President Donald Trump is set to have a really bad day.
The current ambassador to the European Union, Gordon Sondland, who was part of an alleged effort to undermine State Department policy in order to get Ukraine to agree to open investigations to benefit Trump politically, is testifying on Wednesday, changing his remarks from earlier depositions he made before the impeachment inquiry.
What’s he saying now? It’s not good news for Trump.
According to his prepared opening statement, Sondland plans to alter his original testimony to the House investigation, stating clearly and in plain language that the administration pursued a quid pro quo arrangement with Kyiv, withholding military aid and a publicize meeting between Trump and Ukraine President Volodymyr Zelensky in order to secure an investigation into Joe Biden and his son, Hunter, the Washington Post reported.
The biggest sound byte from his opening statement reads as follows (emphasis in bold added):
“I know that members of this committee have frequently framed these complicated issues in the form of a simple question: Was there a ‘quid pro quo? With regard to the requested White House call and White House meeting, the answer is yes.”
Sondland also stated in his prepared remarks he worked with Secretary of Energy Rick Perry, diplomat Kurt Volker, and Trump’s personal lawyer Rudy Giuliani “at the express direction of the President of the United States,” according to Mother Jones.
Ambassador Sondland believed no aid would be released until Ukraine publicly committed to investigate the 2016 U.S. election and Burisma. Live #impeachmenthearing updates https://t.co/mf44H4az2S #Sondlandtestimony pic.twitter.com/SeWwNpO8oK
— Reuters (@Reuters) November 20, 2019
This is, to put it in the bluntest of terms possible, a monumental s*** hit the fan moment for Trump. So far, the main witnesses for the impeachment inquiry have been State Department and national security officials that the president has written off as never being supportive of him — of being “Never Trumpers” hellbent on interfering in his policy initiatives.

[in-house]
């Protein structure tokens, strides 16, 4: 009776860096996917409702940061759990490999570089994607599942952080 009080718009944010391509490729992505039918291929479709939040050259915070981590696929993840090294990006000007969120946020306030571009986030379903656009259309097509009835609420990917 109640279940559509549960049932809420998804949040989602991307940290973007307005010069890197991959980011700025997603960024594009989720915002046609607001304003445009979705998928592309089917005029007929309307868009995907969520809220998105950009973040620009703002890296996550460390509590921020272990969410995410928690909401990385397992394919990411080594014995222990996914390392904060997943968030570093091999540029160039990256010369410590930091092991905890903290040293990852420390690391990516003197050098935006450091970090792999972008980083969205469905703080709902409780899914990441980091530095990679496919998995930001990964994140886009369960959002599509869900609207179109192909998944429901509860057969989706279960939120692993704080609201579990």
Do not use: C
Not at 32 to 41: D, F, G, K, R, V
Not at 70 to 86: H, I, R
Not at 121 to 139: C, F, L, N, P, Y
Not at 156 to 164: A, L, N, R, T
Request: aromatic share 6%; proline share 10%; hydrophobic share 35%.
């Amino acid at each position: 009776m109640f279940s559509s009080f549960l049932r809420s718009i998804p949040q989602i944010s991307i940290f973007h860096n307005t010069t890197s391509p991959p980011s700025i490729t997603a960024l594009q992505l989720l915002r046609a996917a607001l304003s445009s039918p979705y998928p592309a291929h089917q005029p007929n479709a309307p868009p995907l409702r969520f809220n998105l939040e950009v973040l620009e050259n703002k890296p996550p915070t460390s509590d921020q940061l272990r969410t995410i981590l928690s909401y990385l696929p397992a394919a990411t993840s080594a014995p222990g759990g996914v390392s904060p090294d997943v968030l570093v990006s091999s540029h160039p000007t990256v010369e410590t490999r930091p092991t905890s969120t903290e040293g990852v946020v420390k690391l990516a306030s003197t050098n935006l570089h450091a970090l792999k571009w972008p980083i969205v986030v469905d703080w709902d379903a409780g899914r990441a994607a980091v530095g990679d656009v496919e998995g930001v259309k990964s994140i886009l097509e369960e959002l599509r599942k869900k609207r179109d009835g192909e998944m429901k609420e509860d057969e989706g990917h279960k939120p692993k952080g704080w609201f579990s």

Accusations of “Never Trumpism” against him have been leveled at a number of witnesses, though not always in rational ways. Trump called Lt. Col. Alexander Vindman, the top expert on Ukraine within the president’s own National Security Council, a “Never Trumper” when he testified, a term that befuddled Vindman. “I would call myself a never partisan,” Vindman said in response to a question during his deposition asking if he was in the “Never Trump” camp, CNN reported.
The accusations against Vindman from Trump have never made since, especially because Trump appointed him to be part of a high-level envoy to Ukraine for Zelensky’s inauguration earlier this year.
Even so, among Trump’s supporters, the moniker seems to be sticking. But the same strategy can’t possibly work for Sondland, as he’s a longtime supporter of Trump’s from the get-go. Some have even alleged that he received his post as EU ambassador because of a million-dollar donation to Trump’s inauguration committee, Newsweek reported.
So the common attack Trump has employed at this point — that those testifying against him are mere “Never Trumpers” out to get him — is not proper for Trump to try when it comes to Sondland. Indeed, Trump was praising Sondland’s words in glowing terms at the start of last month in a number of tweets.
This is possibly the most damaging testimony to date for Trump. Not only can he not attack Sondland in a way he has utilized for others before him, but it’s a “firsthand” account that the quid pro quo was happening — something that Trump has also complained about in the past.
Don’t expect Trump to stop his complaints of the impeachment inquiry, nor to not find other arguments against it. But Sondland’s words on Wednesday are clearly a problem for the president — in both his short- and long-term futures as president.